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I am using Gurobi (via C++) as part of my MSc thesis to solve Quadratic Knapsack Problem instances. So far, I was able to generate a model with binary decision variables, quadratic objective function and the capacity constraint and Gurobi solved it just fine. Then I wanted to solve the continuous relaxation of the QKP. I built the model as before but with continuous variables instead of binary ones and Gurobi threw me an exception when I tried to optimize it:

10020 - Objective Q not PSD (negative diagonal entry)

Which confounded me for a bit since all values form the problem instance are ≥0. In preparing to post this question, I wrote both models out to file and discovered the reason:

NAME (null)
* Max problem is converted into Min one

Which of course means that all previously positive values are now negative. Now I know why Q is not PSD but how do I fix this? Can I prevent the conversion from a Max problem into a Min one? Do I need to configure the model for the continuous relaxation differently?

From my (unexperienced) point of view it just looks like Gurobi shot itself in the foot.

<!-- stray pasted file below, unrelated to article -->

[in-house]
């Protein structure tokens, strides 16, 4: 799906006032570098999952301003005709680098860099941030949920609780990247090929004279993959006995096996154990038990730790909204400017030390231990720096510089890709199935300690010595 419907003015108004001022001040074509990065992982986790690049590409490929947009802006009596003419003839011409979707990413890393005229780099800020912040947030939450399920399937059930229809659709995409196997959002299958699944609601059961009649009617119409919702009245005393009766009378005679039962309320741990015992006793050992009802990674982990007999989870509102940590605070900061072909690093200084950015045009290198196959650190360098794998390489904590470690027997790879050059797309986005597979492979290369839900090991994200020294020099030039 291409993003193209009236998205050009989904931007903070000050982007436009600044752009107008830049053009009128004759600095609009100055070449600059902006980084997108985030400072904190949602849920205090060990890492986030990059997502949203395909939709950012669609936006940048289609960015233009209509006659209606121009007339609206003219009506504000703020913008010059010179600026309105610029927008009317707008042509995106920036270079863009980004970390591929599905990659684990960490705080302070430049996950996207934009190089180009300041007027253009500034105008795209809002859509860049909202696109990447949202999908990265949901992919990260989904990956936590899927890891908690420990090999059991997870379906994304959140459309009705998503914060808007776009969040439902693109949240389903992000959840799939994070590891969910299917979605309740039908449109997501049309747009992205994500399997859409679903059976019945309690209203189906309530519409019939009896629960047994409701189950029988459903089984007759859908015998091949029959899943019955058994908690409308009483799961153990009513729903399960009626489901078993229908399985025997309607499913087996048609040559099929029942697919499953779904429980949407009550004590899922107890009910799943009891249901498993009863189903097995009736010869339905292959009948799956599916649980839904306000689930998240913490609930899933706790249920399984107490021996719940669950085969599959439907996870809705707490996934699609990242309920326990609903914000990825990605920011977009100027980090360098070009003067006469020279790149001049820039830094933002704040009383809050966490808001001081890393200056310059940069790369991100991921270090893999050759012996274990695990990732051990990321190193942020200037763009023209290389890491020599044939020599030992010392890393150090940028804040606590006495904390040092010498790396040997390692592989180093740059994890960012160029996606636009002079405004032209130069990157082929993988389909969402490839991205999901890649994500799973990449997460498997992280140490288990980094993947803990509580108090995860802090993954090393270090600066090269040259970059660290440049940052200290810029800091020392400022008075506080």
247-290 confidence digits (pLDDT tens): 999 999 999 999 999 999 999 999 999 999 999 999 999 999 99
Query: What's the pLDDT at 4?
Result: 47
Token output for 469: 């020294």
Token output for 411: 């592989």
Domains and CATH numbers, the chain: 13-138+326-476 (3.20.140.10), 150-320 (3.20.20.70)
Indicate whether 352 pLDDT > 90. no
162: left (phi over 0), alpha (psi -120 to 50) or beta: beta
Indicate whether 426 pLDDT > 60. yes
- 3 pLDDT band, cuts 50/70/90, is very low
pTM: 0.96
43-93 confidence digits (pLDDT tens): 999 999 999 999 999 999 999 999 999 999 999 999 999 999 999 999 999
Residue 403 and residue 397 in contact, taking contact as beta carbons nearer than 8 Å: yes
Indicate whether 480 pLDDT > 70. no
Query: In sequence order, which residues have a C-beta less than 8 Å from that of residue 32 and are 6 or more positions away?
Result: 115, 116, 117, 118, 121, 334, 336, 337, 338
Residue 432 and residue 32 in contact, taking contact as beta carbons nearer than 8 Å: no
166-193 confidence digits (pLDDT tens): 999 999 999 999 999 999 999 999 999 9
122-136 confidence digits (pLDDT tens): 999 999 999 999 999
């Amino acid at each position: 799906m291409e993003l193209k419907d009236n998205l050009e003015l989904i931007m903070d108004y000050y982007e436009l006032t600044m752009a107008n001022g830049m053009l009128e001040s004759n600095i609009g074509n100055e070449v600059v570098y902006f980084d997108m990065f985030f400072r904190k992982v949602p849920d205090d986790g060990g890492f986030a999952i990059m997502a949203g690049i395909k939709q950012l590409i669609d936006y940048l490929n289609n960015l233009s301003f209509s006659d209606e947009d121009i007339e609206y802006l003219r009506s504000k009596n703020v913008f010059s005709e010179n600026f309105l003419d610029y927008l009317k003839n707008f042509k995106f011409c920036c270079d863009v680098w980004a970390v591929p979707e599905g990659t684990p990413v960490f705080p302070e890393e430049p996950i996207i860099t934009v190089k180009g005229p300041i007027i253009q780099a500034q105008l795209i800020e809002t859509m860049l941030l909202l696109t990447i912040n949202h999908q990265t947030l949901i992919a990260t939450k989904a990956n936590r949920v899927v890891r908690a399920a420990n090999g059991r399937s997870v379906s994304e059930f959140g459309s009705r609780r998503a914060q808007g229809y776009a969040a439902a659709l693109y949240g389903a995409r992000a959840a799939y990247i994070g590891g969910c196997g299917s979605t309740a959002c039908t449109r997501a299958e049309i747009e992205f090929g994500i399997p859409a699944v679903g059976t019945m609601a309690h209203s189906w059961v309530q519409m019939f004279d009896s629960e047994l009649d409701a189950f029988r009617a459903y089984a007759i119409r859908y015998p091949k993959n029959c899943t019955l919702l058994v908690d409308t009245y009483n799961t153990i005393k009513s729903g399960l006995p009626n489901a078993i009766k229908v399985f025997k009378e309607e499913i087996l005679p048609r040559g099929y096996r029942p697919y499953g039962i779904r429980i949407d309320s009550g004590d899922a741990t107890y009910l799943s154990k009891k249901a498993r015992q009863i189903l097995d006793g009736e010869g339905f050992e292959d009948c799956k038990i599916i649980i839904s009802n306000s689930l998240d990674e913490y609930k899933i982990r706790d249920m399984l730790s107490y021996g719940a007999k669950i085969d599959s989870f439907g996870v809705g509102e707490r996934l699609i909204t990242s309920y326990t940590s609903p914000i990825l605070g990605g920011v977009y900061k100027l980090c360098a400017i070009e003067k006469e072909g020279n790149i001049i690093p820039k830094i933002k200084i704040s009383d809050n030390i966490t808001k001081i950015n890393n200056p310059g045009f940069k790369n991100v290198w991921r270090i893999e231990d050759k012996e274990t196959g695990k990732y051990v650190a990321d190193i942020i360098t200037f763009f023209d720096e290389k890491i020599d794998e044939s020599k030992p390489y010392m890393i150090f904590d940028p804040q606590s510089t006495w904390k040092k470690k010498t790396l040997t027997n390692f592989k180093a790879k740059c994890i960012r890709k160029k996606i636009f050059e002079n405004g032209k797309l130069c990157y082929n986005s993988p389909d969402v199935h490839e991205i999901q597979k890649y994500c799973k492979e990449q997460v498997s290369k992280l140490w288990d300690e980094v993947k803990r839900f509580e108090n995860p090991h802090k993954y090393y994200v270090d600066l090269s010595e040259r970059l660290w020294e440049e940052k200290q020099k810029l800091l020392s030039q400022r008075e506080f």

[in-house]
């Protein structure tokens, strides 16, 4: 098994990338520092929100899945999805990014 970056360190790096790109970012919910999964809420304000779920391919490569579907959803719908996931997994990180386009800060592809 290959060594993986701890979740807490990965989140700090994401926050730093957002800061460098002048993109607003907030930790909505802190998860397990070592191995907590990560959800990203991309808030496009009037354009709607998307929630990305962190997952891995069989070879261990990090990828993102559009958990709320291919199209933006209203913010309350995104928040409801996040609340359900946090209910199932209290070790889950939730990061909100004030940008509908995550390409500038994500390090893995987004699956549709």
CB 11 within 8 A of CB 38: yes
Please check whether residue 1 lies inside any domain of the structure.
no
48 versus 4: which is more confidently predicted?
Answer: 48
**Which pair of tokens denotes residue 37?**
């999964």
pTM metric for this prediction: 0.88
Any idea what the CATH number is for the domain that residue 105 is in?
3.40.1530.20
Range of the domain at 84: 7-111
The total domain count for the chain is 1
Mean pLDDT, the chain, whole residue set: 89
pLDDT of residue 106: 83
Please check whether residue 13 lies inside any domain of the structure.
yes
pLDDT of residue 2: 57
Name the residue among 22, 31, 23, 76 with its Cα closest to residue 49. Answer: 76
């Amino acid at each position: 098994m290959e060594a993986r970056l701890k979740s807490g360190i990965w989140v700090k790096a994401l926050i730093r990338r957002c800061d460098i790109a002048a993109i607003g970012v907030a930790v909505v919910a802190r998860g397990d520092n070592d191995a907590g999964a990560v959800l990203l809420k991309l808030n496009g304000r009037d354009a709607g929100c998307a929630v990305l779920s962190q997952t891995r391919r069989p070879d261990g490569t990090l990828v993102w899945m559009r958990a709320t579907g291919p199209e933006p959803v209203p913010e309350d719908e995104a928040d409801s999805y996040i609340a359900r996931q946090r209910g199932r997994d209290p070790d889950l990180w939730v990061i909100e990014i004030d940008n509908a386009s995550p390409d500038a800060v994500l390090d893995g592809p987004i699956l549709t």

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1 Answer 1

up vote 2 down vote accepted

When you are maximizing a quadratic objective with Gurobi or any other convex optimizer, your 'Q' matrix has to be negative semi-definite, and when you are minimizing, your 'Q' matrix needs to be positive definite. Changing the sign and the sense of the objective changes nothing.

Gurobi doesn't verify that your problem is convex, but it will report any non-convexity it finds. The fact that your original problem seemed to solve as a MIP is an accident and you shouldn't rely on it.

You should model a quadratic objective with binary variables as a linear problem with some simple transformations. If x and y are binary, the expression x*y can be changed to z if you add the constraints

z <= x
z <= y
z >= x + y - 1
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It's no accident: in some cases, a non-convex MIQP is transformed into a model which can be solved. This is why you get the non-PSD error for the relaxed QP. As for the message in the model file, that's just an indication that the model was written in a way that fits the limitations of the MPS file format. –  Greg Glockner Jul 7 '14 at 22:10
Seeing as these transformations follow the simple pattern you described and Gurobi explicitly supporting Quadratic Programming led me to believe that it would be able to handle this on its own. –  Kamikaze28 Jul 7 '14 at 22:25

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